Effects of AGEs inhibitors on thermal-dependent conformational changes of HSA-ribose mixture
A number of natural or synthetic compounds have been proposed to act as AGEs inhibitors or breakers for therapeutic treatment of AGEs-related diseases [10-21,69]. From the results of Figure 2, a novel acceleration system was applied to exactly determine the onset transition temperature at 78°C for HSA-ribose mixture via structural transformation from α-helix to β-sheet structures, as compared to that of the onset transition temperature at 96°C for native HSA. In order to investigate whether sodium diclofenac or inositol (as an AGEs inhibitor) can modify the onset transition temperature and protein conformational structure of HSA in the HSA-ribose mixture, the thermal FTIR combined system was also attempted. Because there were less absorption peaks in the wavenumber ranges of 1800-1600 cm-1 for sodium diclofenac and inositol (data not shown), thus the amide I spectral region (range from 1750 to 1595 cm-1) of HSA-ribose mixture was chosen to study their onset transition temperature and thermal-dependent conformational changes of HSA-ribose mixture with different amounts of sodium diclofenac or inositol.
Figure 5 shows the three dimensional plot of HSA-ribose mixture with or without sodium diclofenac as a function of temperature, in which the onset temperature at 78°C for α-helix to β-sheet transition was observed for the HSA-ribose mixture without sodium diclofenac (Figure 5A). However, it demonstrates that the onset transition temperature was gradually changed from 78°C to 96°C by increasing the amount of sodium diclofenac used (Figures 5B-5E). This was closed to that of the onset temperature at 96°C of native HSA. From the slope data for the peak intensity ratio profile of different samples, the gradual slope decline was clearly observed with the increase of sodium diclofenac added (Figures 5F and 6A). This implies that thermal-induced secondary conformational change of HSA in HSA-ribose mixture was effectively prevented by adding the AGEs inhibitor of sodium diclofenac via thermal FTIR determination.
Figure 5: Three dimensional plot of HSA-ribose mixture with or without sodium diclofenac as a function of temperature, Key: (A): HSA-ribose mixture without sodium diclofenac; (B-E): HSA-ribose mixture with different amounts of sodium diclofenac (4, 8, 12, 16 μL/2.5% sodium diclofenac); (F): Peak intensity ratio of 1629 cm-1/1654 cm-1 versus temperature.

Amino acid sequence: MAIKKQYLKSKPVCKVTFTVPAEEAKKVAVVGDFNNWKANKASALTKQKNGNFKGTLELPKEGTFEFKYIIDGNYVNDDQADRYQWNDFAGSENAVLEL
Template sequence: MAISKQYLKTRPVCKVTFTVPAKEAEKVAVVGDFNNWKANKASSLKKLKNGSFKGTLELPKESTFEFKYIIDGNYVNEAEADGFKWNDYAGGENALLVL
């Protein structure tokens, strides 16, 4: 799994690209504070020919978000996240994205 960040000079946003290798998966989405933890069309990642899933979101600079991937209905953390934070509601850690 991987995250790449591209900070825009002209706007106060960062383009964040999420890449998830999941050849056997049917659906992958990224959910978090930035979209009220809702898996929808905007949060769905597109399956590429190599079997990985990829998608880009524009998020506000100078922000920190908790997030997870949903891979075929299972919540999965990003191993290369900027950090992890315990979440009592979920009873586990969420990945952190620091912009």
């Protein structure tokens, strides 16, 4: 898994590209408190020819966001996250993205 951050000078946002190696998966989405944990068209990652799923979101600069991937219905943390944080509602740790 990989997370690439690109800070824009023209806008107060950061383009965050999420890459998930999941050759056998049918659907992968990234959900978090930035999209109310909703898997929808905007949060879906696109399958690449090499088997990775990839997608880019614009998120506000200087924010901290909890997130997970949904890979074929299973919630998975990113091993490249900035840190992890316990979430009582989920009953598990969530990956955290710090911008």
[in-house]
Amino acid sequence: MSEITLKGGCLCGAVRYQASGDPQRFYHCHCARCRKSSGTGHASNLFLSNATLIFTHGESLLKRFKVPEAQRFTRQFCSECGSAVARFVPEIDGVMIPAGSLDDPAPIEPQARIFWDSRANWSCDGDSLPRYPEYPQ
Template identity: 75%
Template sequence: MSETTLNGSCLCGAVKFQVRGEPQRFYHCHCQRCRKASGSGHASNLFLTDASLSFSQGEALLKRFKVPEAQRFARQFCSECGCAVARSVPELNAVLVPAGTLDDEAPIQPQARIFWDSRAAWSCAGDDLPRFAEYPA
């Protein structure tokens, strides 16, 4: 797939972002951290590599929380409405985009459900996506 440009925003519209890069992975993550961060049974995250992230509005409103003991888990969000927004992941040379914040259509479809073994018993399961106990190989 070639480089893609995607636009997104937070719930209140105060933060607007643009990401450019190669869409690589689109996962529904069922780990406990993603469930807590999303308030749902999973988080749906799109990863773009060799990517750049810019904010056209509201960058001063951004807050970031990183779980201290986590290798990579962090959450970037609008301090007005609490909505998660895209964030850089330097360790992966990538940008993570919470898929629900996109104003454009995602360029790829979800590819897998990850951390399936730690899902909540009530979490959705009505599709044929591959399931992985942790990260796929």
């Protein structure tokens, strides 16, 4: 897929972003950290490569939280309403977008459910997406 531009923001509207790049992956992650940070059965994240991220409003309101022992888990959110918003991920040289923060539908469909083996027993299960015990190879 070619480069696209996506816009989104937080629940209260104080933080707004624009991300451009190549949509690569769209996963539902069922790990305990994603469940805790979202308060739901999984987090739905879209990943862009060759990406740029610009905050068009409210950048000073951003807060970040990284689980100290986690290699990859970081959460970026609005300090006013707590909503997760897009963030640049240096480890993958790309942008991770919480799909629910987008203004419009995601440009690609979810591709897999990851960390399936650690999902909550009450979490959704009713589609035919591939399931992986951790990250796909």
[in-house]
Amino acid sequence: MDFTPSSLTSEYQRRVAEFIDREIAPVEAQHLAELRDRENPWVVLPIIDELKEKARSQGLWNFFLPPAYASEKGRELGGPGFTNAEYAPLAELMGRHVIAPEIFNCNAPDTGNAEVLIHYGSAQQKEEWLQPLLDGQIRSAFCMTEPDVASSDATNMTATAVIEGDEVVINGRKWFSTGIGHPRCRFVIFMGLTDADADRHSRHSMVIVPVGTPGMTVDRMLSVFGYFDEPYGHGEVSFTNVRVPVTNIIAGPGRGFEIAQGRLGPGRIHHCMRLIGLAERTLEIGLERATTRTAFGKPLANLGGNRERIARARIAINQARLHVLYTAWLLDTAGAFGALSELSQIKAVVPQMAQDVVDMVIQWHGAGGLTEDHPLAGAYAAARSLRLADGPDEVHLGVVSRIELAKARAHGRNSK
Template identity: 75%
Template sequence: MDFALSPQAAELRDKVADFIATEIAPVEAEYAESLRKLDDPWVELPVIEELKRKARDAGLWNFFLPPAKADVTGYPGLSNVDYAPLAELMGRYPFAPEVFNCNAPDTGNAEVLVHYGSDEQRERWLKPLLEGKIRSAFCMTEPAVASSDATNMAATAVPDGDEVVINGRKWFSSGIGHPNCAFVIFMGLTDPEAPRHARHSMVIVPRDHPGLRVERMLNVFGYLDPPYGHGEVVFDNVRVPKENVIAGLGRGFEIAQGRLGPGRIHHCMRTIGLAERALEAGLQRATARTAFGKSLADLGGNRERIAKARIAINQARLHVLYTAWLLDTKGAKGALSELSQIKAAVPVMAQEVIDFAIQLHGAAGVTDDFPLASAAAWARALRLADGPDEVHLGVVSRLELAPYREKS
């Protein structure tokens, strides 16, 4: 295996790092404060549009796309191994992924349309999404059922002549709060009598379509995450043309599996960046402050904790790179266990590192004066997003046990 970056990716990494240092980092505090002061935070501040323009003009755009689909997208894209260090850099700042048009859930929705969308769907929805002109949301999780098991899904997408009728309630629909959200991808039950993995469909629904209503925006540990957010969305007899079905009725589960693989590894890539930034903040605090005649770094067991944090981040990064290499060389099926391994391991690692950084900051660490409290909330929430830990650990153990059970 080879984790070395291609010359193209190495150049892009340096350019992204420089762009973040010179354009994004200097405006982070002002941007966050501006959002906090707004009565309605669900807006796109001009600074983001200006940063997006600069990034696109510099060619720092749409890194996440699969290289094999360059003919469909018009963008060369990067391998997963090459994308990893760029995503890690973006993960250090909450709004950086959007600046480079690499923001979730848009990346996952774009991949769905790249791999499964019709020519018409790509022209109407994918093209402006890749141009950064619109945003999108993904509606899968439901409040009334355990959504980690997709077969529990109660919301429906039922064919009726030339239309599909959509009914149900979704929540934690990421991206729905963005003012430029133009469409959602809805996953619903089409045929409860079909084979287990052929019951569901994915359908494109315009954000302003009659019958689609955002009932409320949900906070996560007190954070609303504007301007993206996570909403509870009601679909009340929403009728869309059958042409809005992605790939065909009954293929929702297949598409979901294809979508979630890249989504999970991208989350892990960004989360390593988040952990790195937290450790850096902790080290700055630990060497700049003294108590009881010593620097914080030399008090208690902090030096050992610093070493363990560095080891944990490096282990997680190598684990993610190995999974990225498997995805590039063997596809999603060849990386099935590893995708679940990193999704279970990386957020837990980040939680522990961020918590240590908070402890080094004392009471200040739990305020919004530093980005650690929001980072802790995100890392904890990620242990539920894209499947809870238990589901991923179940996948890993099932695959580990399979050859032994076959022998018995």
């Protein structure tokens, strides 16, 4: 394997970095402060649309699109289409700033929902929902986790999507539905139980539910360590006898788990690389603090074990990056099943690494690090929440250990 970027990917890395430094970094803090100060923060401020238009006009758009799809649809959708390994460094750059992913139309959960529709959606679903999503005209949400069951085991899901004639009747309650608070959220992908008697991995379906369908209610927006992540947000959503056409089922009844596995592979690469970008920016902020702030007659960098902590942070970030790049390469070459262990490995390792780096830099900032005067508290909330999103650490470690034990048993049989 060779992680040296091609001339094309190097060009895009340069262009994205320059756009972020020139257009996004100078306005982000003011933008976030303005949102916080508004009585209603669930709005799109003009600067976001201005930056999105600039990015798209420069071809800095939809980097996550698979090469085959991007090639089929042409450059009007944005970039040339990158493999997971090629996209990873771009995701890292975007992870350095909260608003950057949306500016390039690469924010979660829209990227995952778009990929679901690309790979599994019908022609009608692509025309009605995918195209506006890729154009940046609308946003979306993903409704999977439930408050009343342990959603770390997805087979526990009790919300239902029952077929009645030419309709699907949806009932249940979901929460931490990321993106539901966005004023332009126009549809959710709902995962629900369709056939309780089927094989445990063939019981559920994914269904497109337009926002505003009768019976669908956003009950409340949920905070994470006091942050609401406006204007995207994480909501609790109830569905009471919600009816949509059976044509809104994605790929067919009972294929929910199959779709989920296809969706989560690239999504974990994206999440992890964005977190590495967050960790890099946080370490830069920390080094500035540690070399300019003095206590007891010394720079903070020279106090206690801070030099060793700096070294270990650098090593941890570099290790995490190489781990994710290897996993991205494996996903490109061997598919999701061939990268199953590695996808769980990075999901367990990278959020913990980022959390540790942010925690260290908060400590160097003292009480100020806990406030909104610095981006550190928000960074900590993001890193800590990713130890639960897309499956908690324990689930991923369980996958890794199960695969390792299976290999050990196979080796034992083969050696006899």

Figures 6 and 7 also exhibited that inositol might prevent the thermal-induced conformation changes from α-helix to β-sheet transition of HSA in HSA-ribose mixture. As compared in Figure 6, sodium diclofenac seems to be more effective than that of inositol for preventing these thermal-induced conformation changes.
Figure 7: Three dimensional plot of HSA-ribose mixture with or without inositol as a function of temperature, Key: (A): HSA-ribose mixture without inositol; (B-E): HSA-ribose mixture with different amounts of inositol (4, 6, 8, 10 μL/5.0% inositol); (F): Peak intensity ratio of 1629 cm-1/1654 cm-1 versus temperature.
Our data are consistent with the inhibitory effect of sodium diclofenac or inositol reported [18,70-72]. Diclofenac has been proposed to inhibit the sugar attachment on HSA by specifically blocking at least one of the major glycation sites of HSA [18,70]. The higher the concentration of sodium diclofenac used the more the blocking glycation sites obtained, leading to a decrease in slope gradient but an increase in onset transition temperature for HSAribose mixture in the present study. On the other hand, inositol has also been proposed as an antioxidant and/or antiglycating agent to delay and/or avert the glycation of HSA-ribose mixture [18,71,72], which can probably be verified by present study.
Thermal FTIR technique was first attempted to investigate the thermal-induced conformational changes of HSA in HSA-ribose mixture before and after addition of AGEs inhibitor, sodium diclofenac or inositol. Native HSA had the onset temperature located at 96oC for the irreversible structural transition of α-helix to β-sheet. While HSAribose exhibited its onset temperature near at 78°C, due to the thermal acceleration. By incorporating sodium diclofenac or inositol, however, the onset transition temperature was gradually changed from 78°C to 96°C with the increase of sodium diclofenac or inositol added, near to that of the onset temperature of native HSA. This implies that thermalinducedα- helix to β-sheet transition in the secondary conformational structure of HSA in HSA-ribose mixture was effectively prevented by adding sodium diclofenac or inositol. This unique thermal FTIR combined system could be a sensitive and potentially useful tool for rapid evaluation of the glycation-induced conformational changes of proteins with or without AGEs inhibitors. The relationship between thermal-dependent conformational changes of HSA and in vitro /in vivo inhibitory effect of AGEs inhibitors would need to be further studied.
The authors declared no potential conflicts of interest with respect to the research, authorship, and/or publication of this article.
The authors received no financial support for the research, authorship, and/or publication of this article.